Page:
The Taoiseach has downplayed suggestions that Ireland could engage with individual countries for supplies of unused Covid-19 vaccinations.

Speaking in Galway this evening, Micheál Martin said that following queries from the Government, Germany had made it clear it would be using all the supplies of vaccines that it had.

Mr Martin said both Germany and France were now planning to use Astra Zeneca vaccines for people over the age of 65.

He said the UK would also be using all its vaccines on its own population before considering offering supplies to other countries.

Earlier, this week the HSE said it had administered 18,157 fewer vaccine doses than the 100,000 it had committed to delivering.

However, it said the shortfall was due to the deferral of a delivery of 25,000 AstraZeneca vaccines last week and this week. It said that it had been assured that the shortfall will be recovered this month.

Acknowledging that it was "very challenging" to meet vaccination targets for the month of March, the Taoiseach said he was confident of significant, additional vaccine supplies in the second quarter. 

He said he was confident that vaccination targets outlined for the end of June could be met, but he emphasised this was subject to supply.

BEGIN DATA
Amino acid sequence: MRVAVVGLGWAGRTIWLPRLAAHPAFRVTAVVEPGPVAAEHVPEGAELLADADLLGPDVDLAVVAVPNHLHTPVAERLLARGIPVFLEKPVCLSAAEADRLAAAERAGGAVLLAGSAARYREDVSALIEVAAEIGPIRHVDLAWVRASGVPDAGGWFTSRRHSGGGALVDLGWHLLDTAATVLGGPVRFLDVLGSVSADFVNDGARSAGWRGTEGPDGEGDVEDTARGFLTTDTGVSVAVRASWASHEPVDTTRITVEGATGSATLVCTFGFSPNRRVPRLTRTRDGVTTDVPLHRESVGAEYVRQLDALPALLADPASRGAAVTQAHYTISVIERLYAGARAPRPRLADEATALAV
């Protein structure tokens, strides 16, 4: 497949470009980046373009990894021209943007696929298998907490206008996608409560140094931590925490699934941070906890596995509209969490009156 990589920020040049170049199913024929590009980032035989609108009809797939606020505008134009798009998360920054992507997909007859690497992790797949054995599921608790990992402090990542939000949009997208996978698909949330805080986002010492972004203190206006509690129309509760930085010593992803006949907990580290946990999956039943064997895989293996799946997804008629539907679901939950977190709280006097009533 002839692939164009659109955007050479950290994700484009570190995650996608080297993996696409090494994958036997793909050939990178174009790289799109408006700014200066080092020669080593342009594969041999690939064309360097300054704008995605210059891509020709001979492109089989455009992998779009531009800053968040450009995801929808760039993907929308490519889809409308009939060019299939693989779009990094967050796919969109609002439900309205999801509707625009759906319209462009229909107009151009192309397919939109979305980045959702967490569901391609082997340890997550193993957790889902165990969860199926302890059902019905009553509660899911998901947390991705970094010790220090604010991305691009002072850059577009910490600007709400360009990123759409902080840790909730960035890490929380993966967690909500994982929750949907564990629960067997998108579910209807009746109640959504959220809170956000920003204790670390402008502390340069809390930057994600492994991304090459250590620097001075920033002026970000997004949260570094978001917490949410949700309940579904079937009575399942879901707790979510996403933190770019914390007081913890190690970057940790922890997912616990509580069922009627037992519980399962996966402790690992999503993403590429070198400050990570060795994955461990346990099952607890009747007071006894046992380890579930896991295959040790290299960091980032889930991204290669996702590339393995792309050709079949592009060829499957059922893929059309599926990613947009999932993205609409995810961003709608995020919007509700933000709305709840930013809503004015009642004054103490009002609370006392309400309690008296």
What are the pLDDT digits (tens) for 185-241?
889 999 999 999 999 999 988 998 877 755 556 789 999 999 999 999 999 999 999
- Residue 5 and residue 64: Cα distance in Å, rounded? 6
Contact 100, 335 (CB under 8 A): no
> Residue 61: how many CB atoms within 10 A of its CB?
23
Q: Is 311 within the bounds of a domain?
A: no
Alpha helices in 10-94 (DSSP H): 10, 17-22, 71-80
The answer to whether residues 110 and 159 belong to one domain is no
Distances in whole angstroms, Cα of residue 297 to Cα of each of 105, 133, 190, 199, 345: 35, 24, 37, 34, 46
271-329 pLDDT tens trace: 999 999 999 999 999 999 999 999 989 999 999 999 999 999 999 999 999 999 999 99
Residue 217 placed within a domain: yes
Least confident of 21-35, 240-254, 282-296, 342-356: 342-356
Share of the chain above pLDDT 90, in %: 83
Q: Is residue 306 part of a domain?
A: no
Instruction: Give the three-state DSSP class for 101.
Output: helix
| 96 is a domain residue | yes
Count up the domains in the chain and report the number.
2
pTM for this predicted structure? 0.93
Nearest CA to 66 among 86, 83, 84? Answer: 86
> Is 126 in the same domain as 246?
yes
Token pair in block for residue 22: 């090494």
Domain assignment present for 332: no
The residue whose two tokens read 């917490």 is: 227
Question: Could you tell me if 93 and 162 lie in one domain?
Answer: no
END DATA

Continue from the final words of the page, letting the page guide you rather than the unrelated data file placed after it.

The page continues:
The Taoiseach said we did not have control over this, but that Europe was making additional efforts to increase supply and remove bottlenecks around production. 

Mr Martin said he had not been vaccinated himself yet and was waiting to receive his jabs in line with the indicative timeframe for people his age.

Sinn Féin leader Mary Lou McDonald said that no country should be stockpiling vaccines.

She said that on the "basis of common sense" Government should be seeking vaccines both "within the European system and, if possible, outside of that system".

Speaking on the plinth at Leinster House, Ms McDonald also called for the logistics underpinning the vaccine roll-out in Ireland to be improved. 

She said that Covid-19 was a global problem and that "we should look for every opportunity that we can to source the vaccines that we need".

Yesterday, Minister for Health Stephen Donnelly confirmed in the Dáil that he has asked the High-Level Taskforce on Covid-19 vaccinations to examine whether extra supplies can be sought outside of the EU vaccine supply agreement.

Ms McDonald warned however that the health system must have "the right mechanisms to ensure that they are delivered efficiently".

She said that the problems experienced in the delivery so far have left doubts in people's minds around how the system will cope when supplies increase.

On the issue of vaccine passports, Mr Martin said that the EU had decided that vaccination certificates would be issued.

But he said the process was at very early stage, with issues relating to civil liberties to be considered.

Mr Martin said there was a debate to be had about the degree to which the certificate would allow people to access various services or recreational facilities.